Even had she not had the unfortunate fate of being a witness and survivor of the Whitman Massacre in 1847, Matilda Delaney’s life was full of adventure from beginning to end. In this rare volume, she left her account of that tragic event in the pioneer west.

Only a child when her parents headed west in 1844, she and her siblings were orphans before they reached Washington. Marcus and Narcissa Whitman adopted and cared for them at the Whitman Mission until the sad day in 1847 when Matilda witnessed their murders.

Excerpt from A Survivor’s Recollections

The morning of the 29th of November, 1847, was a dark, dreary day. When I came downstairs I went into the kitchen where Dr. Whitman was sitting by the cook-stove broiling steak for breakfast. I went and put my arms around his neck and kissed him and said, “Good morning, father,” as we were taught to greet older persons with all politeness; also to say “Good night” to all as we retired. I continued, “I have had such a bad dream and I woke frightened.”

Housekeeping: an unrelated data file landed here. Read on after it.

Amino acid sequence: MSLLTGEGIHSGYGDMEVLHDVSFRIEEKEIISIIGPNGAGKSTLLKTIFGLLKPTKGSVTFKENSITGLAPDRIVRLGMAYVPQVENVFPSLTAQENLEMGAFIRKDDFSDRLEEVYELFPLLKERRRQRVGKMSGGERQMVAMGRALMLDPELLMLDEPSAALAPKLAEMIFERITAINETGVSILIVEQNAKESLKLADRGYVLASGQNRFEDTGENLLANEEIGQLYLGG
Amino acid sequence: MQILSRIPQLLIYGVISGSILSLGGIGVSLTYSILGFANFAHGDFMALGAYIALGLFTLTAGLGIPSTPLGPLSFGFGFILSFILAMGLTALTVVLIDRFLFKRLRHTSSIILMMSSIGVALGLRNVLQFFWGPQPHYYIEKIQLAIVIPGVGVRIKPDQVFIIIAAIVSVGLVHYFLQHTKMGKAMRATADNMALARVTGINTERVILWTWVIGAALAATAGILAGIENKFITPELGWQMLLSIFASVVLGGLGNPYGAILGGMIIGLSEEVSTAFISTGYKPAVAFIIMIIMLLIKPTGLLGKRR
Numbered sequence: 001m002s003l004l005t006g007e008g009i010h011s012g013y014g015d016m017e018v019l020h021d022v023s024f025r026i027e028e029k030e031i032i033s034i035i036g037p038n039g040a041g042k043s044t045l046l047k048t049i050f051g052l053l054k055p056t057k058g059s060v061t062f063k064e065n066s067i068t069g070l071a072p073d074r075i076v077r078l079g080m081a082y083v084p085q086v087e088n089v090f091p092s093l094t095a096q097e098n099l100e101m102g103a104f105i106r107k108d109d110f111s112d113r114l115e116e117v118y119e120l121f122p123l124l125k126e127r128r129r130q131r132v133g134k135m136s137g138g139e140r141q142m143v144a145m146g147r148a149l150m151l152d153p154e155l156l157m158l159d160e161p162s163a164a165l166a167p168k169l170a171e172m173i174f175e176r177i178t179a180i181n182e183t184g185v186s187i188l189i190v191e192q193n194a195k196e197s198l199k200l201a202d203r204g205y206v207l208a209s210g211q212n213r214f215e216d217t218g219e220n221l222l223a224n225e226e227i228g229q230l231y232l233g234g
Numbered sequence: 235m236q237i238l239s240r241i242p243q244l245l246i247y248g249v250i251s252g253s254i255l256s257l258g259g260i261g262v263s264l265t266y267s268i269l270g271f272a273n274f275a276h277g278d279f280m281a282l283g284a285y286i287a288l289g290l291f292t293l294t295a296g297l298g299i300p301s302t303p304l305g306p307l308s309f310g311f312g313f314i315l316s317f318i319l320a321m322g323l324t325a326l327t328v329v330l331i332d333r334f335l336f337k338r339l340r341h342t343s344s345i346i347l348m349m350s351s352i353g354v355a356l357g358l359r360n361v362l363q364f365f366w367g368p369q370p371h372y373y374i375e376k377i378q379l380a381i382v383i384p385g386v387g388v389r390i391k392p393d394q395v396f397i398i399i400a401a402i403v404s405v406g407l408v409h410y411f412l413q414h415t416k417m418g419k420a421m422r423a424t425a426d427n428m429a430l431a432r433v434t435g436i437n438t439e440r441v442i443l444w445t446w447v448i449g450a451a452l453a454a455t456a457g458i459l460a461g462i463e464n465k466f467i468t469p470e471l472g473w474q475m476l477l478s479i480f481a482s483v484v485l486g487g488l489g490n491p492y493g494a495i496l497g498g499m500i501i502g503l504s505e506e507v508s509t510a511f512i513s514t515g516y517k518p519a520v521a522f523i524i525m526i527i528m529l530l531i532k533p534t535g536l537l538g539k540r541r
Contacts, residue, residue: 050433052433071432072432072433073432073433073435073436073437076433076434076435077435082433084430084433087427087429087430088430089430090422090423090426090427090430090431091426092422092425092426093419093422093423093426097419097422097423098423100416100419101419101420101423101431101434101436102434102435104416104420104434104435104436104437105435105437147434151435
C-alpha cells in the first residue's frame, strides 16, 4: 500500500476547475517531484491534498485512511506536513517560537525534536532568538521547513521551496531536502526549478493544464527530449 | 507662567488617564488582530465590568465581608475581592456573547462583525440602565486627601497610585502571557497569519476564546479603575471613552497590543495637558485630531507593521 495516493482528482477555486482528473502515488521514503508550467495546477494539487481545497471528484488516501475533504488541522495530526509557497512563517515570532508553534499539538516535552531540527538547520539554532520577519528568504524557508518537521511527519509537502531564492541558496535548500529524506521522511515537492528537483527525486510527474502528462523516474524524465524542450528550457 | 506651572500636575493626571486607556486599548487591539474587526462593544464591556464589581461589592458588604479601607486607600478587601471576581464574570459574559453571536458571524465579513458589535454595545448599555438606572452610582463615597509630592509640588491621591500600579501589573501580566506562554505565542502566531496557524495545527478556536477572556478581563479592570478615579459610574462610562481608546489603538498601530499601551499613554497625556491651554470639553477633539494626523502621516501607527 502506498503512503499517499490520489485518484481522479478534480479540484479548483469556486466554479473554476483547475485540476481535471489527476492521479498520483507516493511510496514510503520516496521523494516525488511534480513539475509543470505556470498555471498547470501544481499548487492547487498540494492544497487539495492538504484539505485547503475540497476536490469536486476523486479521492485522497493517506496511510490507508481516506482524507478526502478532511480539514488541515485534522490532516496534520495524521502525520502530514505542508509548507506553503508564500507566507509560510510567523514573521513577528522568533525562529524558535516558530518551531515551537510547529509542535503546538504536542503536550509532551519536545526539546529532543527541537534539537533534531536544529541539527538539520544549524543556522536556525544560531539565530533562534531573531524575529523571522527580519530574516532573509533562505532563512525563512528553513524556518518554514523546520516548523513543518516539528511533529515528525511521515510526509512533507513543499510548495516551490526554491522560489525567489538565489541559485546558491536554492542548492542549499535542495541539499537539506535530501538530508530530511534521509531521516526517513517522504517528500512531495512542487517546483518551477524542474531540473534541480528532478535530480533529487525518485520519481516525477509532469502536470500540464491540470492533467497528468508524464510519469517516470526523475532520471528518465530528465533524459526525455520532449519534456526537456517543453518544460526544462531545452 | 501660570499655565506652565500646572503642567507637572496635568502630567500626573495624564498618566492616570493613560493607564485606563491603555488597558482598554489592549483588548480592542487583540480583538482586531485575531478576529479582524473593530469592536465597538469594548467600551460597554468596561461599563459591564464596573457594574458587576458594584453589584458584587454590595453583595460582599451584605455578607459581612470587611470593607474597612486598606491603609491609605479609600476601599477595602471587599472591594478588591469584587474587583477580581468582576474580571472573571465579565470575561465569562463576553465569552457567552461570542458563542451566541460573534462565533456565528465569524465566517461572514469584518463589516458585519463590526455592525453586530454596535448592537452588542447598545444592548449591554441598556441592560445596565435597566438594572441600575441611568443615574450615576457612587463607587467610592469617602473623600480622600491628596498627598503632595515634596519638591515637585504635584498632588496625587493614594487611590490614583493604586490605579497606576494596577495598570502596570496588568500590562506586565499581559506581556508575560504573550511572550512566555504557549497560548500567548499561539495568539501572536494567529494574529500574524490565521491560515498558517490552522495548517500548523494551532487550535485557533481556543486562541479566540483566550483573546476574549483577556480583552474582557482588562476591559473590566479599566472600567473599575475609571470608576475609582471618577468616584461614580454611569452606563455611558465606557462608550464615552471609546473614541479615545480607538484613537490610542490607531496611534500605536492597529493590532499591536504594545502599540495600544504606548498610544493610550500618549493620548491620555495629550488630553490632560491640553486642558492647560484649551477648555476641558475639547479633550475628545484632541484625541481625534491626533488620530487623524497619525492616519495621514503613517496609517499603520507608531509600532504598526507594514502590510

He said, “What was it?”

“I dreamed that the Indians killed you and a lot of others.”

He replied, “That was a bad dream, but I hope it will not occur.”

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